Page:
“ Monthly music magazine covering dance music „
The only real choice if you want a magazine dedicated to electronic music itself and DJing in general. Other mags tend to cater for clubbers or general dance music buyers, and although it does have a good club listings section, the intended market for this monthly journal is the beginner/intermediate DJ.
The main selling point is the sterling record review section, with a panel of DJs well respected and knowledgable in their individual genres. It does seem weighted more towards house and techno with slightly bigger sections for these, but covers trance, prog, breaks, hip hop, leftfield and others as well.
Many of the artist interviews and profiles are very informative and interesting, and again in contrast to other magazines they tend to consist of more underground or breakthrough artists rather than big names or commercial successes.
Another highlight for me is the highly detailed equipment, new technology, techniques and tutorial section. The magazine certainly has a reputation for being on the ball as regards new advancements in music products, and is a staunch supporter of the digital DJing revolution currently underway.
A monthly competition called Raw Talent also allows readers to snend in their mix to be judged by a panel of industry leading DJs. The winner of this well-respected accolade gets to play a set at one of a choice of clubs and receives the current hardware prize such as a mixer or headphones.
iDJ, or the magazine formerly known as xfade, is a relatively new music magazine, having only been established for 20 months, well maybe it's not that new. It's aimed at clubbers who take a serious interest in the music that is played in the clubs that they frequent, mainly 'bedroom' dj's. It's a monthly magazine and costs a very reasonable £2.99. iDJ is split into two separate magazines. The first part is the main section, this contains all the regular features and makes up the bulk of the magazine. The second, smaller pullout magazine is dedicated to record reviews. Having this separate section for record reviews allows them to review a very wide selection of records, in quite a lot of detail. The reviews are split into the style of record, these sections include: house, hard house, tech house, progressive house, techno/electro, trance, US garage, UK garage, breaks & beats, R & B/soul, drum & bass, hip hop, leftfield and down tempo. Each section has it's own full page, and there is around 15 records of each genre featured. They also give top tune awards, and a record label preview for each genre as well. Also, at the front of the review section they feature interviews with up and coming producers, to promote their new singles. In the main magazine the regular features include: Scene, short news stories on what's happening on the dance scene, for example, recommended clubs, club news and artist profiles. Rave, letters page to air any grievances you may have, if your letter's the best then you'll win some carts! (Things to go on decks) Reader's mix tapes, a chance for the budding DJ to get their tape featured in a national magazine, there is also a mixer up for grabs for the best tape. Legends, an in depth look at some of the 'godfather's' of the dance scene. They also feature many articles on DJ'ing skills such as scratching tutorials, mixing techniqu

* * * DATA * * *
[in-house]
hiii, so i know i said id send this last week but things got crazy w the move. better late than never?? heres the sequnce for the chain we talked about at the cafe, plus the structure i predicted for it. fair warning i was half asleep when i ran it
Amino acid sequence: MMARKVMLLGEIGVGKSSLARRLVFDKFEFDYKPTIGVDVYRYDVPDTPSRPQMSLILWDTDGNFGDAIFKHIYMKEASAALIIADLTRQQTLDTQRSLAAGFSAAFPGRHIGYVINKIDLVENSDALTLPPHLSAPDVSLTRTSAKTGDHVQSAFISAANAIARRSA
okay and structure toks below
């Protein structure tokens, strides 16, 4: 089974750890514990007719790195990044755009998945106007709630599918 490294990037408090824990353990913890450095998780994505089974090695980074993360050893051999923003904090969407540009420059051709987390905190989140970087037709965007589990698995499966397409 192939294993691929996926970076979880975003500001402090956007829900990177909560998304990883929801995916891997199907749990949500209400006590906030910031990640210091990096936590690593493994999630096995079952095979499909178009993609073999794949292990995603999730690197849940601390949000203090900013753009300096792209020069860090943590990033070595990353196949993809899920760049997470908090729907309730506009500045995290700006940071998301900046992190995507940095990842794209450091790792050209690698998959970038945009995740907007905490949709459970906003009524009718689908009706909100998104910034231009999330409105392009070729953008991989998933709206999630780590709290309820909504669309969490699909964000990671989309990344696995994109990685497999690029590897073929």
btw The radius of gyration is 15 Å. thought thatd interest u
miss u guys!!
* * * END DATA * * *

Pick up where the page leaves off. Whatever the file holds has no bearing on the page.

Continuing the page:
es and cd mixing. I have found these to be quite useful, if a little basic, though I can see them being very useful to people just starting of in the DJ game. Also, making up the main bulk of the magazine are the features, these generally consist of multi page interviews with some of the 'big names' on the scene, such as Frankie Knuckles, Tall Paul and Dave Lee. These features are generally very in depth and contain lots of fun about the interviewee. At the back of the magazine there is a massive section devoted to DJ'ing and production equipment, they review all sorts of gear, from decks to samplers, and compare them to give you a good idea what you should be spending your money on. The reviews are generally quite good and have helped influence my mate hen he recently purchased his new 'wheels of steel'. All in all I think that iDJ is a very good magazine. The reports are well written, much better than those in say, Mixmag, and there is a lot of information contained in each issue. Saying this though, I would only recommend the magazine to DJ's, as a lot of the articles are a bit 'trainspotter'ish, and may be quite boring for those 'not in the know'. The record reviews are a lot better then in similar magazines, such as DJ, and seem to focus on records that you can actually get, rather than some magazines tactics of reviewing tunes that are unavailable to us commoners for months, or maybe even years. Jokers. I would say that if you are looking for a magazine more focussed on the lifestyle aspect of clubbing, then I would suggest Mixmag, but if the music is what you live for, then iDJ is for you, I would rate it above some of it's more well established competitors, such as DJ and Muzik, and hope that it survives with it's quite small target audience.
This is one hell of a mag! Formerly X-Fade it has now had a revamp and has come back bigger and better than ever for less than it has ever been before! It now costs £3.99 rather than a fiver! It has a neat little pull out music guide in the center of the mag which is very useful when you go out and buy your vinyls! Although this mag is very DJ orientated it can be read by everyone. Not to many ads like some mags have these days! It really strikes along the fine line betwen the balance. Great mag! I reccomend it!